In the next few days I’ll have a post describing a new free community we’re setting up to support people in making these changes and swimming against the societal dietary currents. I look forward to telling you about it.

It will be another installment in the series about my health journey. You can follow along on FacebookTwitter and LinkedIn or subscribe by email

If you’re ready to get started yourself, use my #BodyBabySteps.

If you’ve found this helpful, I hope you’ll share with your friends using the buttons below.

“What if we’re wrong about diabetes?”

That’s the title of this video, which came up in Lisa’s YouTube related videos feed about a year ago.

It’s a gripping TEDMED talk from 2013 by Dr. Peter Attia, who confesses the judgmental attitude he had harbored six years earlier toward an obese patient who had come into the emergency department with foot ulcerations.

She obviously must have let herself go, he thought, consuming too many calories and not moving enough.

But then three years later he found himself 40 lbs. overweight and with metabolic syndrome, and he knew that physical inactivity was not the cause in his case: he had been “exercising three to four hours every day, and following the food pyramid to the letter.”

It led him to wonder whether, in the case of obesity, insulin resistance and type 2 diabetes, the medical community might have the chain of causation backwards.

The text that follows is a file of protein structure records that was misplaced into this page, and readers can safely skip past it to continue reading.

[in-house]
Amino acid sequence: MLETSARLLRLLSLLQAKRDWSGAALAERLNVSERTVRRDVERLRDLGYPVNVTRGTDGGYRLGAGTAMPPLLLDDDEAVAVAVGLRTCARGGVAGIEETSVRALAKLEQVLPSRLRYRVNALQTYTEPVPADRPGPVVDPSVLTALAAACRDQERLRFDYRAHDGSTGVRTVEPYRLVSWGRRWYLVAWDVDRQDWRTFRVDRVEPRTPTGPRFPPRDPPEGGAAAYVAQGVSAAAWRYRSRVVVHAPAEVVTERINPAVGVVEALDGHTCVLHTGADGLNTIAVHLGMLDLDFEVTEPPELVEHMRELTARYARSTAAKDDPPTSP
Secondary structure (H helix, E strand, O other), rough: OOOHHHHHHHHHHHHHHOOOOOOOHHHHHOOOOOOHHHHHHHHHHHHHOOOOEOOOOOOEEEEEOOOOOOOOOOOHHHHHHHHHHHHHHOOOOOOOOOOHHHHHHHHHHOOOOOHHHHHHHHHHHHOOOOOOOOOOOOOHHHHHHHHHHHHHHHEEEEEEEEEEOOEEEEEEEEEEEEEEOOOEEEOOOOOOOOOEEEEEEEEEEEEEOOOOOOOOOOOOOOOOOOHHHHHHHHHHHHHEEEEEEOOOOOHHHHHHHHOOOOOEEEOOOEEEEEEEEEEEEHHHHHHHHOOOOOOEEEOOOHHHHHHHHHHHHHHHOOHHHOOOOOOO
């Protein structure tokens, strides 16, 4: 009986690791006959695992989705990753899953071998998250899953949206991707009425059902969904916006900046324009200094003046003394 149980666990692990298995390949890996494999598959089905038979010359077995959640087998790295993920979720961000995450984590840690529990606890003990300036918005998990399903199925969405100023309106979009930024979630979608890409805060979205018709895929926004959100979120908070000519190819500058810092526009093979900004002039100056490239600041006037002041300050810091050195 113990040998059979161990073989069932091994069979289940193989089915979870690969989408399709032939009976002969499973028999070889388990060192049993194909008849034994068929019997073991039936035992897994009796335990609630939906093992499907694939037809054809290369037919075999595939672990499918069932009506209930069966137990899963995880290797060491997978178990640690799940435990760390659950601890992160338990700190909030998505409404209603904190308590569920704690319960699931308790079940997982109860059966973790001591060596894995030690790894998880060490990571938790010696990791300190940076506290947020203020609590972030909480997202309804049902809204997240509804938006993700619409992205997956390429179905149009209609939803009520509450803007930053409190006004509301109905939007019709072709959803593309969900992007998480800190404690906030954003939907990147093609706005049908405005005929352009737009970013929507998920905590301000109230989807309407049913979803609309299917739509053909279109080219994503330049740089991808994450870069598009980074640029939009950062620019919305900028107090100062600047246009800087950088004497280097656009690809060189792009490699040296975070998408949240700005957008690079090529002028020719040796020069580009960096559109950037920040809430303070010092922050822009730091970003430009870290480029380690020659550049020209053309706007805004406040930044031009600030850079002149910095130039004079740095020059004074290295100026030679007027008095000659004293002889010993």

Watch this video. It’s totally worth the 16 minutes.

I have found Dr. Attia one of the most thoughtful online voices when it comes to evaluating and making sense of dietary and lifestyle research related to both longevity and healthspan.

As he says in this video, perhaps he’s been humbled by what the thought he knew that turned out to be mistaken.

I expect I will have several more posts in this series that feature (or at least mention) Dr. Attia. His website is an amazing resource, and his podcast, The Drive, is the only one for which I pay for premium access.

Like Tim Ferriss, Dr. Attia also has introduced me to many other leading researchers and thoughtful analysts. Follow him on Twitter.

See previous posts on My Health Journey, and to get future posts follow on FacebookTwitter or LinkedIn, or subscribe by email.

Diabetes is Devastating

As my blog starts its new direction, I had planned on beginning in my next few posts with some background on my health exploration journey, but a news release about a study from Mayo Clinic that came into my inbox yesterday caused me to revise my plan.

The study in the Rochester, Minn. area identified 116 patients with diabetes and 232 who didn’t have diabetes, but otherwise were matched for heart failure risk factors like age, hypertension, sex, coronary artery disease and diastolic dysfunction.

Following both groups for 10 years, researchers found that 21% of the patients with diabetes developed heart failure, while just 12% of the patients without diabetes did.